“We combined multiple in situ and operando techniques to characterize copper’s structure, support, and interface under reaction conditions,” said ORNL co-author Yuanyuan Li. She uses spectroscopy to reveal the dynamic atomic, chemical and electronic structure of materials under synthesis and reaction conditions. “Copper can change quickly after exposure to air or other environments. It was therefore very important for us to reveal the structure of the catalyst under real working conditions and then correlate that with its performance.”

To reveal the catalyst’s structure under operating conditions, Li and former ORNL postdoctoral fellow Yang He went to the Stanford Synchrotron Radiation Lightsource at the SLAC National Accelerator Laboratory. With Jorge Perez-Aguilar from SLAC in Simon Bare’s laboratory, they used in situ X-ray absorption spectroscopy to reveal the structure of the copper nanoparticles under high-pressure reaction conditions. The researchers collaborated through the Consortium for Operando and Advanced Catalyst Characterization via Electronic Spectroscopy and Structure, or Co-ACCESS.

Back at ORNL’s Center for Nanophase Materials Sciences, a DOE Office of Science user facility, ORNL Corporate Fellow Miaofang Chi and ORNL Postdoctoral Fellow Hwangsun “Sunny” Kim performed scanning transmission electron microscopy to compare the copper structure before and after the chemical reaction.

In addition, ORNL staff scientists Luke Daemen and Yongqiang Cheng performed in situ high-pressure inelastic neutron scattering on the VISION beamline of the Spallation Neutron Source, a DOE Office of Science user facility, to determine the structure of the hydride in the oxyhydride support characterize. Since neutrons are sensitive to lightweight elements, they were used to monitor the hydride structure after reaction at high pressure. It remained stable.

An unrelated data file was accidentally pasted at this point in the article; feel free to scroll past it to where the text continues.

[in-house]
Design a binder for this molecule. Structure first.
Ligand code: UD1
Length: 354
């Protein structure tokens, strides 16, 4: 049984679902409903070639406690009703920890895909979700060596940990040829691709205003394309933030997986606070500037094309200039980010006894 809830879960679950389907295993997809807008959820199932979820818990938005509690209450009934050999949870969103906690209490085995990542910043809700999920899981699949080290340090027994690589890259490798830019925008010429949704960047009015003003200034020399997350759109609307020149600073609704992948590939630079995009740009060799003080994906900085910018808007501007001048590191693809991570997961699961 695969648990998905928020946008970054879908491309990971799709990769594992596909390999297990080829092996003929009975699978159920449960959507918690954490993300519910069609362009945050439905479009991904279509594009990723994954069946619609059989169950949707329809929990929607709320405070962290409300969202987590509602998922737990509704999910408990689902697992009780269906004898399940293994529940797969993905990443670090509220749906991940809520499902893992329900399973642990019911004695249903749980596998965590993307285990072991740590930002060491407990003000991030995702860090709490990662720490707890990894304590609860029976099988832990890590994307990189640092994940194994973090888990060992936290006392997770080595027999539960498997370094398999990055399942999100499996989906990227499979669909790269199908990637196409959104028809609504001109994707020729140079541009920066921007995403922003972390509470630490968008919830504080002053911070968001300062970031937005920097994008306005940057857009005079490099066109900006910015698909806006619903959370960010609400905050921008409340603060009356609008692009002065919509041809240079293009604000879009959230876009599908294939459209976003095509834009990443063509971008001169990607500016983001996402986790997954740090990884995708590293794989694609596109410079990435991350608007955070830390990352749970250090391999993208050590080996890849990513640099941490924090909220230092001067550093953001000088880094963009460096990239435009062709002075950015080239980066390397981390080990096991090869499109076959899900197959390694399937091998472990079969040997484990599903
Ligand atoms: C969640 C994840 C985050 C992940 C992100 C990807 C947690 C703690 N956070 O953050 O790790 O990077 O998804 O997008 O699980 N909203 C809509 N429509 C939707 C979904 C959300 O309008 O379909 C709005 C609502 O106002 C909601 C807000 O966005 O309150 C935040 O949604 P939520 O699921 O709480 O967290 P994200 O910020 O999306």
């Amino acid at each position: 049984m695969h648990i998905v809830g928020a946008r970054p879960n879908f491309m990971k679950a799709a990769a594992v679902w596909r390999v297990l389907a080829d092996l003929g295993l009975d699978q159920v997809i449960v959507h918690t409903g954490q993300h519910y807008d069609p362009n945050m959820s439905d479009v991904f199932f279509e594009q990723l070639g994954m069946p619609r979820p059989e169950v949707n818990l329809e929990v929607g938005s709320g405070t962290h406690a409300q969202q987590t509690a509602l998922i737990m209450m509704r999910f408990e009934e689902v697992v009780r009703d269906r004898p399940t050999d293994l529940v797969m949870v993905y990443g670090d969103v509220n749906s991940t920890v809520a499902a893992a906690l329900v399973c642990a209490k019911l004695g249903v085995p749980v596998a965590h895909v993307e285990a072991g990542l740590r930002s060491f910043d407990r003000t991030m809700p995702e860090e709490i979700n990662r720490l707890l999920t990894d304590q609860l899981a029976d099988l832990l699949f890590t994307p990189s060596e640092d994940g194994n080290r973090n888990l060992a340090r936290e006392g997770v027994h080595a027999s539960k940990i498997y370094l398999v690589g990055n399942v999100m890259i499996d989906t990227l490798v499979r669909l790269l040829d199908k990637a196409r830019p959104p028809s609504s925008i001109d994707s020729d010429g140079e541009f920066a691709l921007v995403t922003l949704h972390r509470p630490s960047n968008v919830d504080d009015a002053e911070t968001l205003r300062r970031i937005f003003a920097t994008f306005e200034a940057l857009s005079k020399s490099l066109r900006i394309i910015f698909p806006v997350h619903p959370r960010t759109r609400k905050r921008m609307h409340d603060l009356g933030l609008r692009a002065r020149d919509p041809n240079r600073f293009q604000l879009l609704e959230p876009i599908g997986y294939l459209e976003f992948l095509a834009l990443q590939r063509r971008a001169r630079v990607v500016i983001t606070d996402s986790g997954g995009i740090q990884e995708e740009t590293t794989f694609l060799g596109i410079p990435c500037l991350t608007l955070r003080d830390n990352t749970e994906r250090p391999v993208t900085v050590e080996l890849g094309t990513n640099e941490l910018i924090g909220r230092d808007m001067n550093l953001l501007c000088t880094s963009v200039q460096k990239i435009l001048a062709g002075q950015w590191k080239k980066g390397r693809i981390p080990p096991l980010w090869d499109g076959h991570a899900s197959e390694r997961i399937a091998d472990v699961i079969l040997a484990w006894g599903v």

At Vanderbilt University, postdoctoral researcher Ming Lei, together with Professor De-en Jiang, used density functional theory to calculate the electronic structure of the material. The theory-based calculations and experimental results together showed that hydrides on the support directly participated in the hydrogenation of carbon dioxide to make methanol and changed the electronic state of copper to enhance methanol-producing reactions at the interface.

To learn more about the kinetics and mechanism of the chemical reaction, he and ORNL collaborator Felipe Polo-Garzon adapted a technique called steady-state isotopic transient kinetic analysis, or SSITKA, for use under high pressure. They coupled it with an operando high-pressure technique called diffuse reflectance infrared spectroscopy, or DRIFTS.

“We developed the method under real reaction conditions to understand both the reaction kinetics and the mechanisms,” said He, now at DOE’s Pacific Northwest National Laboratory. “That will contribute to the field by filling the gap between environmental and higher pressure studies.”

SSITKA suggested that the hydride-rich perovskite had a higher density of sites that were more active and selective for methanol production. The addition of DRIFTS revealed that a chemical species called formate – carbon dioxide with a hydrogen atom attached – was the key reaction intermediate. DRIFTS-SSITKA also showed that subsequent steps to hydrogenate formate to methanol limit the reaction rate.

Wu and colleagues will then change the reactivity of the hydride in the carrier by changing the composition of the perovskite.

“Then you may be able to further improve the performance of your catalyst,” Wu said. “This approach to anion tuning of catalysts provides a new paradigm for controlling chemical reactions.”

More information:
Yang He et al., Significant roles of surface hydrides in improving the performance of Cu/BaTiO2.8H0.2 catalyst for CO2 hydrogenation to methanol, Angewandte Chemie International Edition (2023). DOI: 10.1002/anie.202313389

Magazine information:
Angewandte Chemie International Edition